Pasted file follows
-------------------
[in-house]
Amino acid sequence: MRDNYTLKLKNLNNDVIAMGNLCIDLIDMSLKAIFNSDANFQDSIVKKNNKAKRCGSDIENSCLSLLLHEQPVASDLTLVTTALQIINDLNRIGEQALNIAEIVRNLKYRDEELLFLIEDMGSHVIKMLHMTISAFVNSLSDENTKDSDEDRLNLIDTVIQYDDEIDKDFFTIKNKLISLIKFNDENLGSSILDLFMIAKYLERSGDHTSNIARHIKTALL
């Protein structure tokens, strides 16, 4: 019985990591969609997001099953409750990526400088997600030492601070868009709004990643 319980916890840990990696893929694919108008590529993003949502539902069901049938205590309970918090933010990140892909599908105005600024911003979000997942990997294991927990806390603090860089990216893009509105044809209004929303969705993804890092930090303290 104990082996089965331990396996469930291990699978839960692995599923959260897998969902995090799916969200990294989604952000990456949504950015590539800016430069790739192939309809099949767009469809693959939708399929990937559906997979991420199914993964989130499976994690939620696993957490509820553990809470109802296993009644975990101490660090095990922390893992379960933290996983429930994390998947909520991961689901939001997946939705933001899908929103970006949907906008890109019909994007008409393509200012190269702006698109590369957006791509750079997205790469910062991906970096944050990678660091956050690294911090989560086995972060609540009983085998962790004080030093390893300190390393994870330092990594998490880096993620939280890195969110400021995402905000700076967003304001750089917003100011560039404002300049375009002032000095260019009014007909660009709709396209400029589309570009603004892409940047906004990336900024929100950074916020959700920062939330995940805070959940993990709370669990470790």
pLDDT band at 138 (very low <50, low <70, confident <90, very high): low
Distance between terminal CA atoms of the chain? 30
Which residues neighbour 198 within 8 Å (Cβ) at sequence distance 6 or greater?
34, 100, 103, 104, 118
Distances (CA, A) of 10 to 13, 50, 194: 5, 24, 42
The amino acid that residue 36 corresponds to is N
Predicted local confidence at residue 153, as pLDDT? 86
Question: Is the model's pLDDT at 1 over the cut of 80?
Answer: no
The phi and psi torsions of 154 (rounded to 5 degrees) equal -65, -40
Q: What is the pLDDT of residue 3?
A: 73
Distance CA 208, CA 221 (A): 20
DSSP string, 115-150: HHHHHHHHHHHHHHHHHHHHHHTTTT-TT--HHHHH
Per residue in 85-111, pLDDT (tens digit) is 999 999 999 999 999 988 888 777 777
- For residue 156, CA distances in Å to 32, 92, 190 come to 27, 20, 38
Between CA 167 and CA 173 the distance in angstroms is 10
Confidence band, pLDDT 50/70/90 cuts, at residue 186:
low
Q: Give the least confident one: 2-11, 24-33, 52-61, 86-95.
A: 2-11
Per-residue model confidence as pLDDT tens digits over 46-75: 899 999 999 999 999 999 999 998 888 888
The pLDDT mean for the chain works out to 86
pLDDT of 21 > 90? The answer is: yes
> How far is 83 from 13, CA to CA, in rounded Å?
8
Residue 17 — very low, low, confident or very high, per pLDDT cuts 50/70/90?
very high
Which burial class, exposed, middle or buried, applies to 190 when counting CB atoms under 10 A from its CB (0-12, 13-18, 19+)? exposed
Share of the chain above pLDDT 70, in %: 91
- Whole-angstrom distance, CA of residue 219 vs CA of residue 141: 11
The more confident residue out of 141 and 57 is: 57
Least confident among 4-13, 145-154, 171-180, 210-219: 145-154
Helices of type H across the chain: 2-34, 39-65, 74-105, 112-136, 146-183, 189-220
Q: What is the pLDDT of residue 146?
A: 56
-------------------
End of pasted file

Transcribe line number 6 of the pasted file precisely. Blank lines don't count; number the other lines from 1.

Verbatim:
Which residues neighbour 198 within 8 Å (Cβ) at sequence distance 6 or greater?